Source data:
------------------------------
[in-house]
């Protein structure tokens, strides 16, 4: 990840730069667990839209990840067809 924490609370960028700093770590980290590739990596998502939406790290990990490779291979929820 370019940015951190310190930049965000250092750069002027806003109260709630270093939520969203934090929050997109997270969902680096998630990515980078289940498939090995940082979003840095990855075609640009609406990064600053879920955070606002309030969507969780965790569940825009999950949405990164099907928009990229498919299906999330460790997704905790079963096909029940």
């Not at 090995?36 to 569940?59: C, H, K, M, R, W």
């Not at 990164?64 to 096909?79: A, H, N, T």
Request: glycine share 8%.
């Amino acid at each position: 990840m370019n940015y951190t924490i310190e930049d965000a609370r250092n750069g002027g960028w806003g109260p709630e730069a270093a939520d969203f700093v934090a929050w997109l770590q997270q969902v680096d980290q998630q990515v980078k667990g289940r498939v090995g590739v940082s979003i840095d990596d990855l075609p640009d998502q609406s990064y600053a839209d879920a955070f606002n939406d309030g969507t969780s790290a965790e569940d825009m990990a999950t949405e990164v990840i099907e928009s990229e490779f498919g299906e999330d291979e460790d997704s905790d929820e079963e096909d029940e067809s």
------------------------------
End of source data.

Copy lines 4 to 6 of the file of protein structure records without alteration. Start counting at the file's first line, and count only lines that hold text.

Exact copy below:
């Not at 990164?64 to 096909?79: A, H, N, T």
Request: glycine share 8%.
């Amino acid at each position: 990840m370019n940015y951190t924490i310190e930049d965000a609370r250092n750069g002027g960028w806003g109260p709630e730069a270093a939520d969203f700093v934090a929050w997109l770590q997270q969902v680096d980290q998630q990515v980078k667990g289940r498939v090995g590739v940082s979003i840095d990596d990855l075609p640009d998502q609406s990064y600053a839209d879920a955070f606002n939406d309030g969507t969780s790290a965790e569940d825009m990990a999950t949405e990164v990840i099907e928009s990229e490779f498919g299906e999330d291979e460790d997704s905790d929820e079963e096909d029940e067809s």